Where In The Universe #59

Article written: 25 Jun , 2009
Updated: 24 Dec , 2015
by

Here’s this week’s image for the WITU Challenge, to test your visual knowledge of the cosmos. You know the drill: take a look at this image and see if you can determine where in the universe this image is from; give yourself extra points if you can name the spacecraft responsible for the image. We’ll provide the image today, but won’t reveal the answer until tomorrow. This gives you a chance to mull over the image and provide your answer/guess in the comment section. Please, no links or extensive explanations of what you think this is — give everyone the chance to guess.

If you missed the answer to last week’s WITU Challenge, find it here.

Look back at all previous 58 Where In the Universe Challenges.

UPDATE: The answer has now been posted below.

This is a false-color image of our own Moon, and specificially of Mare Tranquilitatis (Sea of Tranquility) and Mare Serenitatis (Sea of Serenity, or Sea of Peacefullness). As hal9000 so presciently said in the comments (hal, are you becoming sentient?) this image was taken Galileo spacecraft on December 8, 1992, during Galileo’s second Earth/Moon flyby on its way to Jupiter. Here’s a larger version of this image.

Of course, the Sea of Tranquility is well known as being the landing site of Apollo 11 (40th anniversary this year, in case you haven’t heard!) and the Sea of Serenity is the landing site for both Luna 21 and Apollo 17.

Check back next week for another WITU Challenge!


16 Responses

  1. Luis Saldarriaga says

    Location: Mercury
    Spacecraft: MESSENGER

  2. KultiVator says

    Total guess…

    Location: Mercury

    Spacedraft: Mariner 10 (false-colour)

  3. hal9000 says

    It’s an image of the Mare Tranquillitatis and Mare Serenitatis on the Moon taken by the Galileo spacecraft on December 8 1992, aken during Galileo’s second Earth/Moon flyby.

    🙂

  4. Jorge says

    It’s either Mercury or the Moon, that’s for sure.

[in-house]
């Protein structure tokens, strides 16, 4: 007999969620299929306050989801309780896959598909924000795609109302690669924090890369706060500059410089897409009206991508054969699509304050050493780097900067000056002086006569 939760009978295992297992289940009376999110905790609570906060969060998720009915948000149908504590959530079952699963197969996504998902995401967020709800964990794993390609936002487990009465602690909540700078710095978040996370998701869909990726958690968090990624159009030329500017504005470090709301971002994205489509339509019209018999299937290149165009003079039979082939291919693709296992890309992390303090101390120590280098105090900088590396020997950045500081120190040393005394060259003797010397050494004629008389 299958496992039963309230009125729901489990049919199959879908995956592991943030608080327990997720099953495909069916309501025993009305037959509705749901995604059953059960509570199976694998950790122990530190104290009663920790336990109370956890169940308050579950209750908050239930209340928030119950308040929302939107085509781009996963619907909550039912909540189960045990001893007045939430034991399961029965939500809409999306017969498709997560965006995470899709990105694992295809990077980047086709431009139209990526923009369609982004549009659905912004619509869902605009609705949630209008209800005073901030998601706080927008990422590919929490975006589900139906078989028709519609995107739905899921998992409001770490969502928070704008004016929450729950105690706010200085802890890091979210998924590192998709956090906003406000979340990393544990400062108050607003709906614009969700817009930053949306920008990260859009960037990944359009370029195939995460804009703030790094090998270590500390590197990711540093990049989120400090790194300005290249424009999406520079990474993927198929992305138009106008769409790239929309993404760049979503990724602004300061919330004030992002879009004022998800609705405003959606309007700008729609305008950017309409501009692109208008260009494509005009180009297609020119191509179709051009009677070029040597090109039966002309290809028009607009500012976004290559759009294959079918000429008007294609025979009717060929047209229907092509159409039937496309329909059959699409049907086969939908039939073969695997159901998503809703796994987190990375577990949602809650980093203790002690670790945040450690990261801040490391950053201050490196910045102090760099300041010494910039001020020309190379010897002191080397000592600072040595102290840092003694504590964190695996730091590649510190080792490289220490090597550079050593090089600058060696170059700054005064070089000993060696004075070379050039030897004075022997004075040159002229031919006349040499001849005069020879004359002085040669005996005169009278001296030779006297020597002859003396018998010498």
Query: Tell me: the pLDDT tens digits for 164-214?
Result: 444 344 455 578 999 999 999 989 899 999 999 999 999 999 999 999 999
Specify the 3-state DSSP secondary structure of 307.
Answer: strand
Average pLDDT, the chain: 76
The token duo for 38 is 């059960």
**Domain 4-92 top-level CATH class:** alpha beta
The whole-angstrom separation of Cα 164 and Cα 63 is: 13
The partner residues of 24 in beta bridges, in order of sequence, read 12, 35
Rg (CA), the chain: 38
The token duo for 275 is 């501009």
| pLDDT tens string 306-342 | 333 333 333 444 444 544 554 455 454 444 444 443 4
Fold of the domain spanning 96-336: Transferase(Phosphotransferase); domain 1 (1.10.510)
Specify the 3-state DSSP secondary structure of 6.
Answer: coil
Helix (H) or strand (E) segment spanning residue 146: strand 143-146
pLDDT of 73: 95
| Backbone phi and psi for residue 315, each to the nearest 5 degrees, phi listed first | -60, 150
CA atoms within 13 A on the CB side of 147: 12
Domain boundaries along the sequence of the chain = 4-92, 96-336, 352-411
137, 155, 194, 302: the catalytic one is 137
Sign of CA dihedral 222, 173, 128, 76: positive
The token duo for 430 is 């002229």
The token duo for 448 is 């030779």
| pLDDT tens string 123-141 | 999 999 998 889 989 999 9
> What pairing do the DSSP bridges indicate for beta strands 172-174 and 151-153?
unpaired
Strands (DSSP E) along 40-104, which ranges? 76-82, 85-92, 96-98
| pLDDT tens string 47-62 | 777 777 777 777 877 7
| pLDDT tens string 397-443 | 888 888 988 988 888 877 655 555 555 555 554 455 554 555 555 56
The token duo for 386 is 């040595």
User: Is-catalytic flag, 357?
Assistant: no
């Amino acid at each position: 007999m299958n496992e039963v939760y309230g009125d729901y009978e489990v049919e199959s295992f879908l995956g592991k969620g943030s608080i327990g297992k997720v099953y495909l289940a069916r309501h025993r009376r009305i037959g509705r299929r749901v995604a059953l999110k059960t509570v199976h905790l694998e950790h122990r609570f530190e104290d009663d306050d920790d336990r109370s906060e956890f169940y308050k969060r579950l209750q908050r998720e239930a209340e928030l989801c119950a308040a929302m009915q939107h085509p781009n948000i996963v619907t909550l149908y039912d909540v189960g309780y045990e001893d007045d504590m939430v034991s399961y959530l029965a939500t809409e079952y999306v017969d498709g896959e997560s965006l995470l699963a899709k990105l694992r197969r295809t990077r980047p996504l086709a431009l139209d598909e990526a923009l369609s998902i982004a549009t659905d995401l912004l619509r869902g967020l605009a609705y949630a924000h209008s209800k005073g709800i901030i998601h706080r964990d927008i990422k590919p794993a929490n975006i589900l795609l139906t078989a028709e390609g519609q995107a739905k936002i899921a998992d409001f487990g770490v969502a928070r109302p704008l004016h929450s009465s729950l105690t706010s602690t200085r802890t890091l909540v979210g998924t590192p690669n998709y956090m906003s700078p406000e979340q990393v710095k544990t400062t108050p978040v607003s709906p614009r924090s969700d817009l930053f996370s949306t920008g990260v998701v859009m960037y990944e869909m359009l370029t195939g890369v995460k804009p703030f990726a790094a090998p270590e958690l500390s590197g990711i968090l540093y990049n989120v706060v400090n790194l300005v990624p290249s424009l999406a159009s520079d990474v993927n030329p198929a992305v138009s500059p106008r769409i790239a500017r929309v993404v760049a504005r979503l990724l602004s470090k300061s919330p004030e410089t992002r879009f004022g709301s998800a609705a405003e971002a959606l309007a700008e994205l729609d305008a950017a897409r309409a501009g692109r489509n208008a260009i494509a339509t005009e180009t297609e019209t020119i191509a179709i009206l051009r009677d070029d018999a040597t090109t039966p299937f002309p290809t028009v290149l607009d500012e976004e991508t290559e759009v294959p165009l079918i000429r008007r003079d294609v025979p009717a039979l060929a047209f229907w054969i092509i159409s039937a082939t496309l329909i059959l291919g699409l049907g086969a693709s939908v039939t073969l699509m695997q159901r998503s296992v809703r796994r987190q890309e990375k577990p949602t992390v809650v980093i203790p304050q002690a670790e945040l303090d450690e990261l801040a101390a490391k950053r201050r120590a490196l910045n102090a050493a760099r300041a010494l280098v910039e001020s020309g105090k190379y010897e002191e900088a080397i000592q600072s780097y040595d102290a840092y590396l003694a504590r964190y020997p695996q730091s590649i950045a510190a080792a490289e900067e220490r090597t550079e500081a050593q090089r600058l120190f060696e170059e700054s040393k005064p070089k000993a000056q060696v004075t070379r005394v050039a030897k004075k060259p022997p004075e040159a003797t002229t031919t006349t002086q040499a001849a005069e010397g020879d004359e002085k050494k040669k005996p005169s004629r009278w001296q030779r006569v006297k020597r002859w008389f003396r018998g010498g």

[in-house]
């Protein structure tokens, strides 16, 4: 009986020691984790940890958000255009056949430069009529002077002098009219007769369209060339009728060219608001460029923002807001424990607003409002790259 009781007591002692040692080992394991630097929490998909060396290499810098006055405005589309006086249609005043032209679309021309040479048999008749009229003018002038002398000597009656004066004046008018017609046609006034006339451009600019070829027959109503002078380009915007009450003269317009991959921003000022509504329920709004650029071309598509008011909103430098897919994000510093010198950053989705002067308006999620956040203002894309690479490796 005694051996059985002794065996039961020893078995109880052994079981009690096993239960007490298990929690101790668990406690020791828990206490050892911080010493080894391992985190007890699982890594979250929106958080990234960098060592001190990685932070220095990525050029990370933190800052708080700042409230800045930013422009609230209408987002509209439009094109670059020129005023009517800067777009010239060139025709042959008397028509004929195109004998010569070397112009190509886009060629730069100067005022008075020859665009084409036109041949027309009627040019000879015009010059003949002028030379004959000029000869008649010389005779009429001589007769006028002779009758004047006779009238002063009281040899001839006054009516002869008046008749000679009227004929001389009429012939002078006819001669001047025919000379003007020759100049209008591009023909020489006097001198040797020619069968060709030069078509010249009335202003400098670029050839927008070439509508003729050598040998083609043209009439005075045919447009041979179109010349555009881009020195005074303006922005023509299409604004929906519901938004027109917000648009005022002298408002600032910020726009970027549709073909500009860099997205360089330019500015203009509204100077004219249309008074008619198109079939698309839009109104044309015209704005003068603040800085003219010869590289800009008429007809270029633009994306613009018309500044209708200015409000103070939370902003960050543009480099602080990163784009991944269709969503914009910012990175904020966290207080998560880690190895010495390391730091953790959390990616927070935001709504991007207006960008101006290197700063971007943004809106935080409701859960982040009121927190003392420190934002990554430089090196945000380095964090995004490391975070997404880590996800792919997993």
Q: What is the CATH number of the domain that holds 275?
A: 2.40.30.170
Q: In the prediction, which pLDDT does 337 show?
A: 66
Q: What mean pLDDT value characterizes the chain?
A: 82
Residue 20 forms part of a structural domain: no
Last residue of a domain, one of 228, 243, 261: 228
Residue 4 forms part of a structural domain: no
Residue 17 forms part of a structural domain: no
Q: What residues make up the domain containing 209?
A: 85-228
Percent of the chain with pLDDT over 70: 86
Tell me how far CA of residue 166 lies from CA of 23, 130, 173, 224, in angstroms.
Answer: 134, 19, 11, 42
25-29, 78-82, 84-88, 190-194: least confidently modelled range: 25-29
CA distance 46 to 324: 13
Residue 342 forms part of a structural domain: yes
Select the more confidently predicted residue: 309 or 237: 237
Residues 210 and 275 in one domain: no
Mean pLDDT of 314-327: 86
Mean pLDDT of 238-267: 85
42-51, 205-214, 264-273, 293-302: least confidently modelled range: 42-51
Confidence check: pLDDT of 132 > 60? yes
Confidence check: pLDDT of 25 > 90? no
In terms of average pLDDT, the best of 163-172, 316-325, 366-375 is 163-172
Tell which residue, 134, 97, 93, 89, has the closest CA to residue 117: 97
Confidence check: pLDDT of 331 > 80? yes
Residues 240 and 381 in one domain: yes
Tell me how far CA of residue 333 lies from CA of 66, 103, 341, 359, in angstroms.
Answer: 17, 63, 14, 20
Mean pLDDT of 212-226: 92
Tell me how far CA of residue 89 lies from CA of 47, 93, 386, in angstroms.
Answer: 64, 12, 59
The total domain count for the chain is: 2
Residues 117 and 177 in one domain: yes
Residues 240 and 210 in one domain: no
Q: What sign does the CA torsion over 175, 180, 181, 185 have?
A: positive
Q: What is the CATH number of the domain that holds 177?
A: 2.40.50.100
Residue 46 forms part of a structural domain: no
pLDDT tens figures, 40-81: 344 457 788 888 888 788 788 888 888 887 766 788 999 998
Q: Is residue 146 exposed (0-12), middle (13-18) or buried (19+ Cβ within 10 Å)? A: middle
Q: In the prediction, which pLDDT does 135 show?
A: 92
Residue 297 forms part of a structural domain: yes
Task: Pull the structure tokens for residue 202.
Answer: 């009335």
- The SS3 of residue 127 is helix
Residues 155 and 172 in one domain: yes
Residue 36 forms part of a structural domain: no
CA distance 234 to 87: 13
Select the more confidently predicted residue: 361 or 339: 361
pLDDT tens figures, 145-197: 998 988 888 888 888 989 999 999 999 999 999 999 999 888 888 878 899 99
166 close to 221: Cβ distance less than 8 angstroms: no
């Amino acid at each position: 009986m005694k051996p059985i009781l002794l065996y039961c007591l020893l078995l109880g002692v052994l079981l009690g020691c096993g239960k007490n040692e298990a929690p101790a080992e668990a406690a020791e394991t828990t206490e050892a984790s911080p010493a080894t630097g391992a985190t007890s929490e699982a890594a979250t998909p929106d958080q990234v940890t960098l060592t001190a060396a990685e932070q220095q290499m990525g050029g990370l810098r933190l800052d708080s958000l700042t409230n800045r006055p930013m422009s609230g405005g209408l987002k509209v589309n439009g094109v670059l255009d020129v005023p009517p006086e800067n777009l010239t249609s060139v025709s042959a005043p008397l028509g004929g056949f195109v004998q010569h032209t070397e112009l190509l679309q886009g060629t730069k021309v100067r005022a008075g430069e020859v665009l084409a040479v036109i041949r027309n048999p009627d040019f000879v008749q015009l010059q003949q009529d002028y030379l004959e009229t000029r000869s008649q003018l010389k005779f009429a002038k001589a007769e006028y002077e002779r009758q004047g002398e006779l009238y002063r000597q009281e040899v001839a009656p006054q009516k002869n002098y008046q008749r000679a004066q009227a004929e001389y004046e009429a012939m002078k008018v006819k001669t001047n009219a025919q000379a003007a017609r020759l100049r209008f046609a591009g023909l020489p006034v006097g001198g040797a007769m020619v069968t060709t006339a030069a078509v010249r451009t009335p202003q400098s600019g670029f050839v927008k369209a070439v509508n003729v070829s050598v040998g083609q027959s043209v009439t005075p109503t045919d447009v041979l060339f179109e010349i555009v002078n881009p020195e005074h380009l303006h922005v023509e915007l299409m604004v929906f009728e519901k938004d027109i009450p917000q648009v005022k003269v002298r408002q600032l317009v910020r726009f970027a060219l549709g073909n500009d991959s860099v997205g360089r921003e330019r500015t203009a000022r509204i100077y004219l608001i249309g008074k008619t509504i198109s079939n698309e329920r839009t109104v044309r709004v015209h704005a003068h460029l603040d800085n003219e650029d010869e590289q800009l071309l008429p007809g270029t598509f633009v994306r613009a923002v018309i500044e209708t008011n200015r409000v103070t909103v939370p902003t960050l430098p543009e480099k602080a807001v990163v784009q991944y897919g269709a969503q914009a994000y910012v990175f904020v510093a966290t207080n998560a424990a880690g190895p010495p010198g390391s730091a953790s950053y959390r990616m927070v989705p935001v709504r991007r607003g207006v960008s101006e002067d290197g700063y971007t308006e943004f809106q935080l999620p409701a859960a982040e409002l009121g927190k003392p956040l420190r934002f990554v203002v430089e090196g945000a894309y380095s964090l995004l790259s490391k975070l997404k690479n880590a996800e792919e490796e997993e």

I’m betting on the Moon, probably the Indian probe, don’t remember the name.

  5. kalumbe says

    Moon

    Galileo flyby

  6. solrey says

    hal9000 said:

    It’s an image of the Mare Tranquillitatis and Mare Serenitatis on the Moon taken by the Galileo spacecraft on December 8 1992, aken during Galileo’s second Earth/Moon flyby.

    Exactly!

    @Jorge

    The Indian spacecraft orbiting the moon is named Chandrayaan-1,

  7. Jorge says

    Yeah, that’s it. Those long Indian names are a pain in the butt to memorize.

  8. Nereid2 says

    The Moon, Clemantine … no idea where, or when …

  9. Lawrence B. Crowell says

    I am not much on planetary geology, but this image appears to have a maria seen more on the moon than on Mercury. However, closer inspection reveals this apparent maria has a fair number of impact craters, larger than most on the moon. This picture also closely resembles an image taken by the Messenger spacecraft, though with different colorings.

  10. stargeezer says

    Other than my backyard, I havent the faintest idea. I remember some dolt a while back complaining whats the use of spending money on spacecraft that discover moons that look like giant fruit, or squash or something. Well this looks like a giant fruit, so I’ll say ganymede or io, and guess, since I feel cantankerous today, the spacecraft is Galileo, which would seem appropriate. Hmmm.. maybe it was a canteloup.

  11. Lucas Welby says

    Callisto? Spacecraft Galileo

  12. vino says

    I think it is Mercury by Messenger…Remember seeing pics of this color!!

  13. neoguru says

    Too many small craters to be moon. Looks a lot like Mercury. Could be Callisto. I’ll stab at the Moon. Lord only knows which spacecraft (or telescope).

  14. alvarofreitas says

    I’d try Caloris Basin in Mercury, Messenger spacecraft.
    =D

  15. CVBruce says

    Ok, it’s false color, but what was the purpose of the false color image? What colors were assigned to what wave lengths?

  16. feraligatr8 says

    you can’t use false colours!!! thats cheating! lol

Leave a Reply